A cafeteria plan is an employer-sponsored plan that allows employees to choose certain pre-tax benefits or cash. For example, an employee may choose to pay his or her share of premiums for employer-sponsored health insurance before taxes through the plan.
A cafeteria plan must have a written plan document governing the plan and may not discriminate in favor of highly compensated or key employees. To ensure compliance with the nondiscrimination rules, plan sponsors are required to perform several nondiscrimination tests each plan year.
The Patient Protection and Affordable Care Act makes broad changes to the rules and mechanisms affecting certain types of health policies, including significant changes to cafeteria plans and health flexible spending accounts (FSA).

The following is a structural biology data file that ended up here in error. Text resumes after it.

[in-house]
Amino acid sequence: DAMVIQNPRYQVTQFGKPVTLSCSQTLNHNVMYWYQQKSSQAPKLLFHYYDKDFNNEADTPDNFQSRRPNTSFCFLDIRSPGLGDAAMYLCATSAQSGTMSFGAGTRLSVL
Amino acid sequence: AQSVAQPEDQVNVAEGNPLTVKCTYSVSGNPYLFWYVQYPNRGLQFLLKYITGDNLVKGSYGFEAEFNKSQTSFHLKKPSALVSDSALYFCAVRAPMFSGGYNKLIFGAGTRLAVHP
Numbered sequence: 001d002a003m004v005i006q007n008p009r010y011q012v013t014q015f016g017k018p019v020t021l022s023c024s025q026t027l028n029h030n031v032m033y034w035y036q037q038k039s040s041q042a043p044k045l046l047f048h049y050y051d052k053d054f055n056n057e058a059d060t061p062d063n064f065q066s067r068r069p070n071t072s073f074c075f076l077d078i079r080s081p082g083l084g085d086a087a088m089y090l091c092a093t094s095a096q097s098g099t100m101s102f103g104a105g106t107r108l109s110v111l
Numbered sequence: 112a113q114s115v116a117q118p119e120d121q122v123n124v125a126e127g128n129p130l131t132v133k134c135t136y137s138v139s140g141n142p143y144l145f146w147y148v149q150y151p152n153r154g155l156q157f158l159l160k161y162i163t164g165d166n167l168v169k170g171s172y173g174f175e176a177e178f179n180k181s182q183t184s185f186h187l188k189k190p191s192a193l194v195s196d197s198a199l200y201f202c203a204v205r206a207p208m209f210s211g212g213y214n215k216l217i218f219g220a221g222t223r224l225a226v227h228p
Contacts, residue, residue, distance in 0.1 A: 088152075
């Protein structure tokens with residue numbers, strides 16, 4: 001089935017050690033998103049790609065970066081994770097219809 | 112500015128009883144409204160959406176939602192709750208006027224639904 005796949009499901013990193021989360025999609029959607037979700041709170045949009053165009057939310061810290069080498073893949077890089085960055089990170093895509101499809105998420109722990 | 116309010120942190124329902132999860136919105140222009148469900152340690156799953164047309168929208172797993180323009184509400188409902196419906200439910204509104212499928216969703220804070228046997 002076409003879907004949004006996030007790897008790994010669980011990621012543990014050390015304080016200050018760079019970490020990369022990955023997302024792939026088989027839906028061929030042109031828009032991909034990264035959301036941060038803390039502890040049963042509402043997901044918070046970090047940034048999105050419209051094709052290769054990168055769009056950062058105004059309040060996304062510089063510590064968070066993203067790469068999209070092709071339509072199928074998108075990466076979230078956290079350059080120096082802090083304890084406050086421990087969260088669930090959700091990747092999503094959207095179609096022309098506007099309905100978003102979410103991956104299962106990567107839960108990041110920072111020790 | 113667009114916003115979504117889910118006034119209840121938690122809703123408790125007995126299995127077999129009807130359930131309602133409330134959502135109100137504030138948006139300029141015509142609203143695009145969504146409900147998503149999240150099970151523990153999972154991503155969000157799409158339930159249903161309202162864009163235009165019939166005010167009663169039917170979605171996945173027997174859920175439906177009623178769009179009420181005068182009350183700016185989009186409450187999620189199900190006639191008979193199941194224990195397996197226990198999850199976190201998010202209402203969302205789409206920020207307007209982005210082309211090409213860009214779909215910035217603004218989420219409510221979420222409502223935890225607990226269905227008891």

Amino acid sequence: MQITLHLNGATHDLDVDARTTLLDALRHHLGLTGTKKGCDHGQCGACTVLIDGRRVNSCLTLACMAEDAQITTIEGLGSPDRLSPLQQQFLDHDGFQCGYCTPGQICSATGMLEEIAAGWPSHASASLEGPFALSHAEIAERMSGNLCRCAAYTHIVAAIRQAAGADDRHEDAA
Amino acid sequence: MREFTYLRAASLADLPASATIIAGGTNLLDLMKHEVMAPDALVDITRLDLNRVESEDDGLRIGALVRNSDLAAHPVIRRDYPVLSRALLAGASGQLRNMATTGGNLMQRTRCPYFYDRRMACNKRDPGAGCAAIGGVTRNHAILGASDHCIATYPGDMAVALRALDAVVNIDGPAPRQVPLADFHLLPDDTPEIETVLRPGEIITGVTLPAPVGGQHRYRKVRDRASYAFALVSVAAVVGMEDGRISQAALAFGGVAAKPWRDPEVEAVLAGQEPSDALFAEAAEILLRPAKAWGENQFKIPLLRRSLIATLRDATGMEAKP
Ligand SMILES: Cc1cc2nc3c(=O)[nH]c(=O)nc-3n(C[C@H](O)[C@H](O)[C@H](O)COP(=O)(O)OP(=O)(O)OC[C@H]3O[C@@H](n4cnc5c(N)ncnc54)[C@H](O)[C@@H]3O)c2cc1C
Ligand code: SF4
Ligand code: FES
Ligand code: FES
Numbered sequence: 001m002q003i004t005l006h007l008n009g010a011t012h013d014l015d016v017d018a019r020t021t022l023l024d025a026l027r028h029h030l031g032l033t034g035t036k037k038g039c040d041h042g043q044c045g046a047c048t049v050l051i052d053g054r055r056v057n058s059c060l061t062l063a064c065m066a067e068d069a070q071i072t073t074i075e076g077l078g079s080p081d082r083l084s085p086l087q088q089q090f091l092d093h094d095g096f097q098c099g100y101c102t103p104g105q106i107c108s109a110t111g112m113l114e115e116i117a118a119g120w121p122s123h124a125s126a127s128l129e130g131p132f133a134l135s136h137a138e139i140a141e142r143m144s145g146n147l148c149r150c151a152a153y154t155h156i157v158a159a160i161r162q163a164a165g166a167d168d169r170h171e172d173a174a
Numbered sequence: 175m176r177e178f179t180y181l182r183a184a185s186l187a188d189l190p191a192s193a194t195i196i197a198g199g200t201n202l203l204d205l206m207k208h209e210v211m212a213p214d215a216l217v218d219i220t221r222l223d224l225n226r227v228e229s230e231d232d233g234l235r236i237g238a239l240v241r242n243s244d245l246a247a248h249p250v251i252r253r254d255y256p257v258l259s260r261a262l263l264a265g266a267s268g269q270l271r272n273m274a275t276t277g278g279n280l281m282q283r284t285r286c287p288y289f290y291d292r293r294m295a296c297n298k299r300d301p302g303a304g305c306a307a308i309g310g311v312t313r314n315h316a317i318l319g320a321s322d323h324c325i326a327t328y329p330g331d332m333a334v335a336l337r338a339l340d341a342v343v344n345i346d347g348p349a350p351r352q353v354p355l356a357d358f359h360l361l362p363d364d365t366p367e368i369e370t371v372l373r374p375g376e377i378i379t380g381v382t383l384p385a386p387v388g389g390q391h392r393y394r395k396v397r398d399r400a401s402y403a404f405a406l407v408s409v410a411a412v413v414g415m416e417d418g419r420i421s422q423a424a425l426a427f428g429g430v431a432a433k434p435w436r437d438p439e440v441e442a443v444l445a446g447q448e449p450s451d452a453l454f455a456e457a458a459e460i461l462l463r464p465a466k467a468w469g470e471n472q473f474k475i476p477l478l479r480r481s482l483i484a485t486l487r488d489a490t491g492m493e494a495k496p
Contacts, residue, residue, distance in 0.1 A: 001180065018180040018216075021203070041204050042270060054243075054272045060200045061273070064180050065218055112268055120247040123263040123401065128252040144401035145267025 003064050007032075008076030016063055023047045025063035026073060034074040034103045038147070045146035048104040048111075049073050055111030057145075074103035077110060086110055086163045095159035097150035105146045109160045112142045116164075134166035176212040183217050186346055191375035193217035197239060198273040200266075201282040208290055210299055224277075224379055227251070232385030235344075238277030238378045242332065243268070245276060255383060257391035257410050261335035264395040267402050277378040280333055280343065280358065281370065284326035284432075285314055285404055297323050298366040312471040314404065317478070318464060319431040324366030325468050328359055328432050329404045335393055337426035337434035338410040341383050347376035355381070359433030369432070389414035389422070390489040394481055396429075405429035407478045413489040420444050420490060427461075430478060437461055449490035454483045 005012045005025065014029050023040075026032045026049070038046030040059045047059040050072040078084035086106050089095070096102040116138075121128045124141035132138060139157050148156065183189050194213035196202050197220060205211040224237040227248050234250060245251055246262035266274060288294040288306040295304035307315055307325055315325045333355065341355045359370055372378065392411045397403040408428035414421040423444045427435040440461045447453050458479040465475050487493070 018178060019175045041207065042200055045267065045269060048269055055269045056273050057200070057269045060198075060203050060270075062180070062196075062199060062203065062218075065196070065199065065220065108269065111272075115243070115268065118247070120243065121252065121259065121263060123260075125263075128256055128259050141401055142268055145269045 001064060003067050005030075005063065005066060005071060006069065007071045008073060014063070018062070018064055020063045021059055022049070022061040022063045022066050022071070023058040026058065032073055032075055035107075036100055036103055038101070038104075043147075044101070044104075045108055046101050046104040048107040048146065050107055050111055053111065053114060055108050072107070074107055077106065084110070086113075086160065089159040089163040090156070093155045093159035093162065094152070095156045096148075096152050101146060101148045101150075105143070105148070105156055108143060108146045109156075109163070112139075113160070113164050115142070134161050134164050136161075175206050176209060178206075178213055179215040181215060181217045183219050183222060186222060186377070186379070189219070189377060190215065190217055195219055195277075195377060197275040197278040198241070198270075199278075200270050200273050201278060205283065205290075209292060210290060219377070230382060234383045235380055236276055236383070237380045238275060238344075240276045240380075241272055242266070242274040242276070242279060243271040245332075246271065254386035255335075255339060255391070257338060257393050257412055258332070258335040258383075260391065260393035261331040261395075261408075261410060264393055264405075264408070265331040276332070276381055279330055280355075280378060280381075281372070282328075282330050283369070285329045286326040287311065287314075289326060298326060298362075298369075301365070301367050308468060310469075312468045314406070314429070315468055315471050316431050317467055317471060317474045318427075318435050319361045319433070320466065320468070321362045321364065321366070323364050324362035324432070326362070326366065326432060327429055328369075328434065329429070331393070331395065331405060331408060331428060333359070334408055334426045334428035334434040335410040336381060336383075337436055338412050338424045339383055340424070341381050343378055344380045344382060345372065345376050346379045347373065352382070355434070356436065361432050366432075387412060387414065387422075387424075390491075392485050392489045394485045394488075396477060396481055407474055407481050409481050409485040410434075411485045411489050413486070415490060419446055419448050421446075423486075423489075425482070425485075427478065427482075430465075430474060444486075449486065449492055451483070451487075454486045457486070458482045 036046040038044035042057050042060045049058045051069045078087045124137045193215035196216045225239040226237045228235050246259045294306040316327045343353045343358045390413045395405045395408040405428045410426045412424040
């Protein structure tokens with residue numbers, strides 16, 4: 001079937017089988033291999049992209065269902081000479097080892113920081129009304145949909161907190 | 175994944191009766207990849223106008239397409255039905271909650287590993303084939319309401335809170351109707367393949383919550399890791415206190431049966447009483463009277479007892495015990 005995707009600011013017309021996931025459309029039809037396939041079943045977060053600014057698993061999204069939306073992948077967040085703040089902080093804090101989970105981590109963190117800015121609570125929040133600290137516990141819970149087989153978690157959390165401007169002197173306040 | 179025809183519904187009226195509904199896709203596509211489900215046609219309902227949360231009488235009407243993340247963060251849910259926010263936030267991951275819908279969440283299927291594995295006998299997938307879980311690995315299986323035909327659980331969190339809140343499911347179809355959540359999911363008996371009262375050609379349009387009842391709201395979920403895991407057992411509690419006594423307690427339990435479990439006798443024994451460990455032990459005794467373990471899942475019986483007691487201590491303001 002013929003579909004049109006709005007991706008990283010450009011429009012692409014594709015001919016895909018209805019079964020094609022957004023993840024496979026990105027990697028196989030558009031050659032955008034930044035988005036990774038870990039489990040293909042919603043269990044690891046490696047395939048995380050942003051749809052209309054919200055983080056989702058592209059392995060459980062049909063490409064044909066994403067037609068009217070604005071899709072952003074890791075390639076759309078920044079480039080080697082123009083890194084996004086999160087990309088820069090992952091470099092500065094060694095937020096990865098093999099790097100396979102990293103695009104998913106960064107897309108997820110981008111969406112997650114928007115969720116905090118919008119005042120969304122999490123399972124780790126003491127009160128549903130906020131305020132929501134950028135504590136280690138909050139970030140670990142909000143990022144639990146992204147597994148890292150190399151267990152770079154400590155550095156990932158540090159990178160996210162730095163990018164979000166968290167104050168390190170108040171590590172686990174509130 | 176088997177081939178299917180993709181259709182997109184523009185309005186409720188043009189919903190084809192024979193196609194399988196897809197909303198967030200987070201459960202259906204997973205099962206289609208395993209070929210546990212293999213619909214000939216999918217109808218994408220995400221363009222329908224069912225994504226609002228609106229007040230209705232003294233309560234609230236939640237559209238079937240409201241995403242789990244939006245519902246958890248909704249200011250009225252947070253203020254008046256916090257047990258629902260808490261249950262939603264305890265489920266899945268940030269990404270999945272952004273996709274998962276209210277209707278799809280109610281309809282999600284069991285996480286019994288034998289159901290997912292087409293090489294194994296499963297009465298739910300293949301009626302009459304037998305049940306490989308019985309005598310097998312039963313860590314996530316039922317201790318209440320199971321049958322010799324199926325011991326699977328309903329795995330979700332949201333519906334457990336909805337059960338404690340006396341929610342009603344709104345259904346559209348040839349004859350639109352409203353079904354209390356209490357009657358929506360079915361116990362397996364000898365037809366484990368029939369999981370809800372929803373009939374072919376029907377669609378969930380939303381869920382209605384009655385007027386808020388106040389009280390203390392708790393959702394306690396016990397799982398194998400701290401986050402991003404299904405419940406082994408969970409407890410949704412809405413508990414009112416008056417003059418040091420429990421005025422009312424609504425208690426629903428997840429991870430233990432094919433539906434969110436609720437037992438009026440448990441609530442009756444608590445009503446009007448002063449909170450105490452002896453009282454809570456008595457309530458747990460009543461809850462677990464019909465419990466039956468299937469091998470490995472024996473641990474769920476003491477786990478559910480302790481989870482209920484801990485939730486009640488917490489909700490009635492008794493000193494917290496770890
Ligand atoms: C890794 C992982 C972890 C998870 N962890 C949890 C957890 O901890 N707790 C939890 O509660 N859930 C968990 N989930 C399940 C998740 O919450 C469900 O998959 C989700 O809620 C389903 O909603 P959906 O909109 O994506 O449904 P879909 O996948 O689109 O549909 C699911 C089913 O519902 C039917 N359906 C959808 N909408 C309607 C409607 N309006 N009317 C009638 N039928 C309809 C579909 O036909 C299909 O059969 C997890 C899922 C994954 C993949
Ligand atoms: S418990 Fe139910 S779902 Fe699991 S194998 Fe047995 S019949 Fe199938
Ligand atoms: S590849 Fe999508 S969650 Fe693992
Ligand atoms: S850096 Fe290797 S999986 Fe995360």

Under the new rules, a sponsor of a “simple cafeteria plan” is not required to perform nondiscrimination testing. Thus, the administrative burden of offering a cafeteria plan is lessened, making it is easier for small employers to offer a cafeteria plan to their employees.
Effective January 1, 2011, certain employers that establish “simple cafeteria plans” are exempt from the Code Section 125 non-discrimination requirements, as well as the non-discrimination requirements applicable to the plans offered through the cafeteria plan (for example, Code Section 129 non-discrimination testing for dependent care FSAs, Code Section 105(h) non-discrimination testing for self-insured medical plans, etc). The act defines a simple cafeteria plan as a plan “which is established and maintained by an eligible employer,” and for which certain contribution, eligibility and participation requirements are met. In general, an eligible employer is an employer that employed an average of 100 or fewer employees for either of the prior two years. Plans that qualify as a simple cafeteria plan for any given year are treated as meeting applicable non-discrimination requirements for that year (that is, non-discrimination testing is not required for these plans).